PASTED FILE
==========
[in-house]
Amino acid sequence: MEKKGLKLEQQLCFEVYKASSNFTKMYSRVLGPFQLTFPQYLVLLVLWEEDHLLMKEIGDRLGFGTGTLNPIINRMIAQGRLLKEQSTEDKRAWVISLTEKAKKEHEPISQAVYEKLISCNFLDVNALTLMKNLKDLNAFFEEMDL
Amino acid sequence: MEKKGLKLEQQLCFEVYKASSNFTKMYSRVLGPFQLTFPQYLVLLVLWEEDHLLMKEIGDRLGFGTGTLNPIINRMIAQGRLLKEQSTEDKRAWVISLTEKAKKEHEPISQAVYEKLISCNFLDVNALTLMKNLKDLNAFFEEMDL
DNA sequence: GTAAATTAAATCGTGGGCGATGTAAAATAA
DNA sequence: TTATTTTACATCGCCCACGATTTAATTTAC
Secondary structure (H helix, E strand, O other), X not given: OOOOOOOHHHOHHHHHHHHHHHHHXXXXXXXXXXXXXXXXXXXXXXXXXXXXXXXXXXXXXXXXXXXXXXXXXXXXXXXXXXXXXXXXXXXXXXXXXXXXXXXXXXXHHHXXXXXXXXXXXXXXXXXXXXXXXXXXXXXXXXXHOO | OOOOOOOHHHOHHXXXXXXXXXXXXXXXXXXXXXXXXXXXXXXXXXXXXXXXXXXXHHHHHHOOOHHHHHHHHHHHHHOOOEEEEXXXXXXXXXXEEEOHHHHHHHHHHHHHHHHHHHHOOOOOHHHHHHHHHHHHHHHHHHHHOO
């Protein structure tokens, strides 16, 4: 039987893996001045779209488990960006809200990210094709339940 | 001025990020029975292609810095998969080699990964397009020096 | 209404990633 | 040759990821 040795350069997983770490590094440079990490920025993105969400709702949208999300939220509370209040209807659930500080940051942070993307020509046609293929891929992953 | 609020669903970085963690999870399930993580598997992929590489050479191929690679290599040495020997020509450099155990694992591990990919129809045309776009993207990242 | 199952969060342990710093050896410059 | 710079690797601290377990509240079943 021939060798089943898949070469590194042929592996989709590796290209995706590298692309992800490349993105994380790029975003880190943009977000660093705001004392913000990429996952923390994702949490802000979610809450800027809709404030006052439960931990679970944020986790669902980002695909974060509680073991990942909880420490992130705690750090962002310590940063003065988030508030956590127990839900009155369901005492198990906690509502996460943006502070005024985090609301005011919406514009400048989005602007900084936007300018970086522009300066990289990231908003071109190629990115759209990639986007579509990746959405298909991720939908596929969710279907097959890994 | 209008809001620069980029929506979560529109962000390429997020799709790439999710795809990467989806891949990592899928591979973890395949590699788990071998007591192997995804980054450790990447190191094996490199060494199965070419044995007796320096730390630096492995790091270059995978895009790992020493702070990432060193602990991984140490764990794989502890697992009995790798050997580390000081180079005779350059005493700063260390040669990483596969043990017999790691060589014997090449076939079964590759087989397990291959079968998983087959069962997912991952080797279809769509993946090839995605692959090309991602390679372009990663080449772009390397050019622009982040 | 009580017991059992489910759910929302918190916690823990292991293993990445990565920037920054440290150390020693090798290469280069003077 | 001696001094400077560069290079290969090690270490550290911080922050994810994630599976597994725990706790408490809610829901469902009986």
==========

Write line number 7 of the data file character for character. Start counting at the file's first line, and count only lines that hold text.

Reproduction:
């Protein structure tokens, strides 16, 4: 039987893996001045779209488990960006809200990210094709339940 | 001025990020029975292609810095998969080699990964397009020096 | 209404990633 | 040759990821 040795350069997983770490590094440079990490920025993105969400709702949208999300939220509370209040209807659930500080940051942070993307020509046609293929891929992953 | 609020669903970085963690999870399930993580598997992929590489050479191929690679290599040495020997020509450099155990694992591990990919129809045309776009993207990242 | 199952969060342990710093050896410059 | 710079690797601290377990509240079943 021939060798089943898949070469590194042929592996989709590796290209995706590298692309992800490349993105994380790029975003880190943009977000660093705001004392913000990429996952923390994702949490802000979610809450800027809709404030006052439960931990679970944020986790669902980002695909974060509680073991990942909880420490992130705690750090962002310590940063003065988030508030956590127990839900009155369901005492198990906690509502996460943006502070005024985090609301005011919406514009400048989005602007900084936007300018970086522009300066990289990231908003071109190629990115759209990639986007579509990746959405298909991720939908596929969710279907097959890994 | 209008809001620069980029929506979560529109962000390429997020799709790439999710795809990467989806891949990592899928591979973890395949590699788990071998007591192997995804980054450790990447190191094996490199060494199965070419044995007796320096730390630096492995790091270059995978895009790992020493702070990432060193602990991984140490764990794989502890697992009995790798050997580390000081180079005779350059005493700063260390040669990483596969043990017999790691060589014997090449076939079964590759087989397990291959079968998983087959069962997912991952080797279809769509993946090839995605692959090309991602390679372009990663080449772009390397050019622009982040 | 009580017991059992489910759910929302918190916690823990292991293993990445990565920037920054440290150390020693090798290469280069003077 | 001696001094400077560069290079290969090690270490550290911080922050994810994630599976597994725990706790408490809610829901469902009986």